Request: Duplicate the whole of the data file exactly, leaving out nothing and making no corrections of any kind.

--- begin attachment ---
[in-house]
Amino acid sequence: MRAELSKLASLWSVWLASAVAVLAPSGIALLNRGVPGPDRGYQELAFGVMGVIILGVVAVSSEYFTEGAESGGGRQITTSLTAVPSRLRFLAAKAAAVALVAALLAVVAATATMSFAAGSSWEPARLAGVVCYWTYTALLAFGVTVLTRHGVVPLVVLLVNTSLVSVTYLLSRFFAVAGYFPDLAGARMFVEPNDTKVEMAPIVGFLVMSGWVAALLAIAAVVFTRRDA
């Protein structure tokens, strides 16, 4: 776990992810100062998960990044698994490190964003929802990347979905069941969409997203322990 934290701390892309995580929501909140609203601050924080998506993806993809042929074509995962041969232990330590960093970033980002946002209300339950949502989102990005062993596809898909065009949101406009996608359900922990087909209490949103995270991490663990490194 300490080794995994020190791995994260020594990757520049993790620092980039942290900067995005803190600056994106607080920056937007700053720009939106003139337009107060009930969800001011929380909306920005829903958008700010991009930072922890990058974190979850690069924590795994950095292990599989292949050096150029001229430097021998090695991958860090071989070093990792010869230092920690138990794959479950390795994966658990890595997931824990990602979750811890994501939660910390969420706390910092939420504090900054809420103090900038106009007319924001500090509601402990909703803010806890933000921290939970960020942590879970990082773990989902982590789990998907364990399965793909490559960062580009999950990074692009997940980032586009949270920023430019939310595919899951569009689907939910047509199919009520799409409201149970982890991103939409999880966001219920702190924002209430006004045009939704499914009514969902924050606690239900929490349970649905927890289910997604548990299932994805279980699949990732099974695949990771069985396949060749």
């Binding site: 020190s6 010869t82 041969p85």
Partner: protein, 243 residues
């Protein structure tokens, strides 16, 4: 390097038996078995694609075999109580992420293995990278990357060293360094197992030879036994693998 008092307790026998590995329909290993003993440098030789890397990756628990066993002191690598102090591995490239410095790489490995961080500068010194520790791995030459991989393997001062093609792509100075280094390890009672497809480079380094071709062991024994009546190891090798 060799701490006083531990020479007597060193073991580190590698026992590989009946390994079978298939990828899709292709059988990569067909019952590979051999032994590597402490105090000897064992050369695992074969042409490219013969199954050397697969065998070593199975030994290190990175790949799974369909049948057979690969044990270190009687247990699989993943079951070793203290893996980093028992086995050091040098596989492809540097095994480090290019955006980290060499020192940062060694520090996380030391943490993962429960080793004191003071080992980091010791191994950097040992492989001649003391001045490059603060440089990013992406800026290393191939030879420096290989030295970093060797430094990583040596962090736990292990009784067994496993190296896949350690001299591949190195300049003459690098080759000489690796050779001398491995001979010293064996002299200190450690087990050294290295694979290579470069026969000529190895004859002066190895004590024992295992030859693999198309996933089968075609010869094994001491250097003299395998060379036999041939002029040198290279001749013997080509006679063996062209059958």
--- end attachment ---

[in-house]
Amino acid sequence: MRAELSKLASLWSVWLASAVAVLAPSGIALLNRGVPGPDRGYQELAFGVMGVIILGVVAVSSEYFTEGAESGGGRQITTSLTAVPSRLRFLAAKAAAVALVAALLAVVAATATMSFAAGSSWEPARLAGVVCYWTYTALLAFGVTVLTRHGVVPLVVLLVNTSLVSVTYLLSRFFAVAGYFPDLAGARMFVEPNDTKVEMAPIVGFLVMSGWVAALLAIAAVVFTRRDA
């Protein structure tokens, strides 16, 4: 776990992810100062998960990044698994490190964003929802990347979905069941969409997203322990 934290701390892309995580929501909140609203601050924080998506993806993809042929074509995962041969232990330590960093970033980002946002209300339950949502989102990005062993596809898909065009949101406009996608359900922990087909209490949103995270991490663990490194 300490080794995994020190791995994260020594990757520049993790620092980039942290900067995005803190600056994106607080920056937007700053720009939106003139337009107060009930969800001011929380909306920005829903958008700010991009930072922890990058974190979850690069924590795994950095292990599989292949050096150029001229430097021998090695991958860090071989070093990792010869230092920690138990794959479950390795994966658990890595997931824990990602979750811890994501939660910390969420706390910092939420504090900054809420103090900038106009007319924001500090509601402990909703803010806890933000921290939970960020942590879970990082773990989902982590789990998907364990399965793909490559960062580009999950990074692009997940980032586009949270920023430019939310595919899951569009689907939910047509199919009520799409409201149970982890991103939409999880966001219920702190924002209430006004045009939704499914009514969902924050606690239900929490349970649905927890289910997604548990299932994805279980699949990732099974695949990771069985396949060749």
């Binding site: 020190s6 010869t82 041969p85």
Partner: protein, 243 residues
């Protein structure tokens, strides 16, 4: 390097038996078995694609075999109580992420293995990278990357060293360094197992030879036994693998 008092307790026998590995329909290993003993440098030789890397990756628990066993002191690598102090591995490239410095790489490995961080500068010194520790791995030459991989393997001062093609792509100075280094390890009672497809480079380094071709062991024994009546190891090798 060799701490006083531990020479007597060193073991580190590698026992590989009946390994079978298939990828899709292709059988990569067909019952590979051999032994590597402490105090000897064992050369695992074969042409490219013969199954050397697969065998070593199975030994290190990175790949799974369909049948057979690969044990270190009687247990699989993943079951070793203290893996980093028992086995050091040098596989492809540097095994480090290019955006980290060499020192940062060694520090996380030391943490993962429960080793004191003071080992980091010791191994950097040992492989001649003391001045490059603060440089990013992406800026290393191939030879420096290989030295970093060797430094990583040596962090736990292990009784067994496993190296896949350690001299591949190195300049003459690098080759000489690796050779001398491995001979010293064996002299200190450690087990050294290295694979290579470069026969000529190895004859002066190895004590024992295992030859693999198309996933089968075609010869094994001491250097003299395998060379036999041939002029040198290279001749013997080509006679063996062209059958």